Note: I wrote this article for the American Birkebeiner Birch Scroll Newsletter this fall, but wanted to share it with everyone here
In the final week of August, the international Nordic Combined community unites after a five-month hiatus from competition. This year, over the course of 8 days, we competed in five Summer Grand Prix (SGP) competitions in three locations: Oberweisenthal, GER, Villach, AUT and Oberstdorf, GER. In the moment, these competitions feel almost like any World Cup, but unlike the World Cup season, they quickly wrap up, and its back to training before the real season begins.
Don’t get me wrong, this is an important experience. After months of isolated training, SGP is usually our first good look back at the level of our competitors. On the jumping hill, we almost always have new rules, new equipment, and new techniques to try out. On skis, we can’t reproduce the pack-racing so common in Nordic Combined without a huge competitor field to race against. For me, I love getting back in the competition mindset, and there is no way to recreate a real competition without getting a start. Without this opportunity, it’s a long time from the end of the winter competition season until the start of the next in late November.
For those that race in the Birkie, rather than an eight month break between seasons, you might be looking at 364 days without racing. Then, suddenly, you’re back at the start-line, remembering again how it really feels to have the race ahead of you. However, I’m sure many people take advantage of the Birkie Trail Run or the Fat Tire Festival to get a start on the very trails that the Birkie ski races are held on. As a young teenager, I had the opportunity to race the Birkie Trail Run and Kortelopet in the same year. Sure, the Korte was bigger, but I took the imagery of racing on those trails from one race to the next. The exciting feelings of getting a race start can be replicated in the summer.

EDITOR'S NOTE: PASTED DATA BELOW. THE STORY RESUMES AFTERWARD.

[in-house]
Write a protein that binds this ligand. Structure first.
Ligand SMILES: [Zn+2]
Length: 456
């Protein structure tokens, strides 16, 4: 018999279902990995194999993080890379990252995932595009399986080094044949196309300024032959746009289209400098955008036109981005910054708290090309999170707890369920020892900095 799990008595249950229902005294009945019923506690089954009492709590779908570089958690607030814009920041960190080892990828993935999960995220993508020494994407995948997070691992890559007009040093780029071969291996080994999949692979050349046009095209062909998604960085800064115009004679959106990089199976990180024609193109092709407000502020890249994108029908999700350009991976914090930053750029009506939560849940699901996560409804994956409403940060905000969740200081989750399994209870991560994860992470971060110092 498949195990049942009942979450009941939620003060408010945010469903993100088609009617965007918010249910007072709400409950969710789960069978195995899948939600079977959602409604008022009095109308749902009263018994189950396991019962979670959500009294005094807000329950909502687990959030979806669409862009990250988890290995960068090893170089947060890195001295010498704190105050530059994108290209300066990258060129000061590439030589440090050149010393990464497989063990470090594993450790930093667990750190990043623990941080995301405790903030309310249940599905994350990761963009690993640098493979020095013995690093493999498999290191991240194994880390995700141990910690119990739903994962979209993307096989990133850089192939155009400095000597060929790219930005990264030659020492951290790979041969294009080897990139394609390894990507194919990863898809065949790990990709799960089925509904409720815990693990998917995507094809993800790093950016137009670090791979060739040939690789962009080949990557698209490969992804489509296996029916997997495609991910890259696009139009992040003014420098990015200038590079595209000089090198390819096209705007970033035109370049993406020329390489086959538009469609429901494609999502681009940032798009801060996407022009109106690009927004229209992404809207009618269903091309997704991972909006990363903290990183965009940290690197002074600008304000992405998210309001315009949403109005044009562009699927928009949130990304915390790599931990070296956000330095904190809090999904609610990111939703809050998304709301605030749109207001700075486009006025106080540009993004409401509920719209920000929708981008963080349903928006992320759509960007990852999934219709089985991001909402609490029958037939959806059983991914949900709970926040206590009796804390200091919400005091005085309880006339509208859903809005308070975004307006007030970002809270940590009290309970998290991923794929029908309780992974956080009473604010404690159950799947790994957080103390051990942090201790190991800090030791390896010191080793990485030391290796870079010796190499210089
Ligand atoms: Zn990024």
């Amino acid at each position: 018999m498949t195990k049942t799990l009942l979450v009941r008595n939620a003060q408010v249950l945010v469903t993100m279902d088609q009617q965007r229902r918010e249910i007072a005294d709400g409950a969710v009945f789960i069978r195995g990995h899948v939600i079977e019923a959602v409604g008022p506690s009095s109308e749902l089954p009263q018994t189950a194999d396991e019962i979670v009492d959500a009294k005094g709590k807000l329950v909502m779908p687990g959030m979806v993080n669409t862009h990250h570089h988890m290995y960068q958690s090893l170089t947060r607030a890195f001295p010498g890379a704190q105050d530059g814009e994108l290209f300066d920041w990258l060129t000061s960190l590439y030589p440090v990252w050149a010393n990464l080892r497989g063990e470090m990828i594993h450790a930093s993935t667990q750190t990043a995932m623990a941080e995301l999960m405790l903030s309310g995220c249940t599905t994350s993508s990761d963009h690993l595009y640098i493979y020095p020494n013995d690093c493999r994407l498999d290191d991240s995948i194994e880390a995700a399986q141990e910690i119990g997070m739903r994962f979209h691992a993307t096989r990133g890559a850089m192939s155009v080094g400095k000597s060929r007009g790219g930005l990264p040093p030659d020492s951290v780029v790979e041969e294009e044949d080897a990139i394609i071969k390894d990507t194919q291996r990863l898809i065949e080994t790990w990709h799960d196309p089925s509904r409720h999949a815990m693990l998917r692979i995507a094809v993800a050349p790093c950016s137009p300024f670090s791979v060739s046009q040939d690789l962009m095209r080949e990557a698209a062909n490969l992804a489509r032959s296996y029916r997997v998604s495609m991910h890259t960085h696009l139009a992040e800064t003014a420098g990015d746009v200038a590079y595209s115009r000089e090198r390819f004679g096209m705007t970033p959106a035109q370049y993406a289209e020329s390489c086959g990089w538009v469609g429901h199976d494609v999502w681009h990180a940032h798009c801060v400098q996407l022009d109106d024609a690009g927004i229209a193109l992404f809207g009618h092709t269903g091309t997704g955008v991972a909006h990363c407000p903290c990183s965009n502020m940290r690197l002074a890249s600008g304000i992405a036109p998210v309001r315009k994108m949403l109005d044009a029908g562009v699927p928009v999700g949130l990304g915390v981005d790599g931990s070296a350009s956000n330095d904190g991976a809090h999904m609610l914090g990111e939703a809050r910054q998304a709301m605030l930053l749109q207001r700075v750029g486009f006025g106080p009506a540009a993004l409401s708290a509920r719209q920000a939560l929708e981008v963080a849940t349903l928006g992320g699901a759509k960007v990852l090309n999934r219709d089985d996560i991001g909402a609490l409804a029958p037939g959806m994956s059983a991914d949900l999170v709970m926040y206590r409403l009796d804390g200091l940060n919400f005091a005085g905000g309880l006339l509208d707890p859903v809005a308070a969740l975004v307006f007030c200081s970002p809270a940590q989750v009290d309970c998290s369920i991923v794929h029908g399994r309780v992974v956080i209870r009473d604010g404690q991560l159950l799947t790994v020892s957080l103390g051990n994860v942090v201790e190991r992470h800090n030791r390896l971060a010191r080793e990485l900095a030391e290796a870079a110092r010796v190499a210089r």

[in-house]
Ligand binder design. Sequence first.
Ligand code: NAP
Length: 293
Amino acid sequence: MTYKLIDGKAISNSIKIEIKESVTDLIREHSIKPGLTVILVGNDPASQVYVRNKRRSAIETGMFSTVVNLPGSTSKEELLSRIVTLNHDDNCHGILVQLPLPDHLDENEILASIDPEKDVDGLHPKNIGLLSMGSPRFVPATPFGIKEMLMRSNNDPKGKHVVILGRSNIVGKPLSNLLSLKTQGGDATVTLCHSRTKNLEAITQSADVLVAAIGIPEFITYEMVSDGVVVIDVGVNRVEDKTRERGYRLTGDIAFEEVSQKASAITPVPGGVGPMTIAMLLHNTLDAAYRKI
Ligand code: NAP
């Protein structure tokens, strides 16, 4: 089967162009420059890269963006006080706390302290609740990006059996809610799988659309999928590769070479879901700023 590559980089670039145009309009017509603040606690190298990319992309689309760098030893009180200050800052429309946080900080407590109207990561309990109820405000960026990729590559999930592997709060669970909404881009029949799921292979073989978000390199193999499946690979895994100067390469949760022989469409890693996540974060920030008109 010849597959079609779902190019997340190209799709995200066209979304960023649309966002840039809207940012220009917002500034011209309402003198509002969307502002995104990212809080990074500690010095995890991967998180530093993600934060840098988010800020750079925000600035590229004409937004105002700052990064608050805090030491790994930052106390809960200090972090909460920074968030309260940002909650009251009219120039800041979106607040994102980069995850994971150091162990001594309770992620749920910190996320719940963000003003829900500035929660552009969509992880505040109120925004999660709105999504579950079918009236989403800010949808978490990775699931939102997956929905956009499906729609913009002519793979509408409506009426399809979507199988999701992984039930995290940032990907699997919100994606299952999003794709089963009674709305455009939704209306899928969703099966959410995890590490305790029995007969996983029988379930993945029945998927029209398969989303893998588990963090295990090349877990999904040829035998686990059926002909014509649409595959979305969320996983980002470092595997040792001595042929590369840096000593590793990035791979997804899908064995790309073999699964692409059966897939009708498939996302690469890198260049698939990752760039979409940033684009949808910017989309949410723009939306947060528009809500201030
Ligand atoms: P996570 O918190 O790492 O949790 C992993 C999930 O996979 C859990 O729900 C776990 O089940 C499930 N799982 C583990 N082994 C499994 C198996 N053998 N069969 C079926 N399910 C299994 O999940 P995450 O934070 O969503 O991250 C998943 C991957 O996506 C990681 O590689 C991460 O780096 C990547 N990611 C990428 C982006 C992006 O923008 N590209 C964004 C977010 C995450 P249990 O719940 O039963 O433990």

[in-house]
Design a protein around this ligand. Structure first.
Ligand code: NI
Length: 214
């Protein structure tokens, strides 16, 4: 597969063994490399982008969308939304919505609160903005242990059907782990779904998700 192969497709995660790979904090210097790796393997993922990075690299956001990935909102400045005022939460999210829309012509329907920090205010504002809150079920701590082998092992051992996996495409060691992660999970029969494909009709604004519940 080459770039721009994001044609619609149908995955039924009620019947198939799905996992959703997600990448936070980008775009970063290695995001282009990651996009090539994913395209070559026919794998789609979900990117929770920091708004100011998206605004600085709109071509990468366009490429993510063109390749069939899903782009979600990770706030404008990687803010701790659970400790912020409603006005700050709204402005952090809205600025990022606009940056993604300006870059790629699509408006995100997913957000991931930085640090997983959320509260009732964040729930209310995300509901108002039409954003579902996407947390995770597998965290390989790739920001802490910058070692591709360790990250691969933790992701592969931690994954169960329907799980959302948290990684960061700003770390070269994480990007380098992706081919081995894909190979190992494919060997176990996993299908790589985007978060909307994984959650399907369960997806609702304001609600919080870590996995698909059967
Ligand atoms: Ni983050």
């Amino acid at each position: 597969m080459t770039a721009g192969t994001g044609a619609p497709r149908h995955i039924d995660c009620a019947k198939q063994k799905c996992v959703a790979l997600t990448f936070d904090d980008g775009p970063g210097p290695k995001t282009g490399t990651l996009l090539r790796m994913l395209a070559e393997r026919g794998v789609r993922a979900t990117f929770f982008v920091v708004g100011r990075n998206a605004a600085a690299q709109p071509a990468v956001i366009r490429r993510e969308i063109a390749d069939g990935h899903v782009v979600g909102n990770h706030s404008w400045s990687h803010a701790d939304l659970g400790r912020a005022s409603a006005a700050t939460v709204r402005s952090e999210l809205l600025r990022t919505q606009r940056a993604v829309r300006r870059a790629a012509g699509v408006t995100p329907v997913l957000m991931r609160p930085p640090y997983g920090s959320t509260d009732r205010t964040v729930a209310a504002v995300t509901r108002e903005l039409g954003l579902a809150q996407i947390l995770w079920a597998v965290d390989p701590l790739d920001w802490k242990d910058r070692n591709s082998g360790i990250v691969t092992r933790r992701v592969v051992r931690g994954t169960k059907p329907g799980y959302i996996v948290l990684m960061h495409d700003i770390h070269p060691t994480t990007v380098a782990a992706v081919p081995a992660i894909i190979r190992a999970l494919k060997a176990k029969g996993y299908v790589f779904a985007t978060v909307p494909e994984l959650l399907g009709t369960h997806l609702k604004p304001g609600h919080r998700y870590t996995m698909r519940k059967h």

I came away from this year’s SGP tour disappointed with my results, but I quickly came to a realization. My coach, Nik Huber, helped boost my spirits with the statement that I needed to hear: in the season, “nobody remembers Summer Grand Prix.”
To quote an old cliché, “skiers are made in the summer.” But, I’ll add to that, skiers are made in the summer, but they’re measured in the winter. Competitions in the summer are important, fun and valuable, but they’re part of the bigger picture.
Knowing this, I kept my sights on my long-term goals after SGP and switched back into work-mode as soon as I could. After a good night’s rest, but just 12 hours after the final race in Oberstdorf, I was back training on the jump hill, feeling reinvigorated and literally counting down the days to the World Cup Opener in Ruka, FIN. From there, we drove to Planica, SLO, where I’m staying with most of my team for a solid block of training. We’re living for an extended time overseas, training at one of the best complexes in the world. With the addition of a couple trips to nearby venues, we’ll be in Planica until late October. It’s an opportunity to put in some really fantastic training time, and with the right focus, I'm confident that I can make huge gains leading into the winter. I’m grateful for my opportunities to compete in the summer (and anytime for that matter) but I’ve got my eyes on the prize: my goals for the World Cup season. For the Birkie community, if you’re like me, I hope that you’re using summer to get all that much more excited for the temps to drop and snow to fly.
Where am I?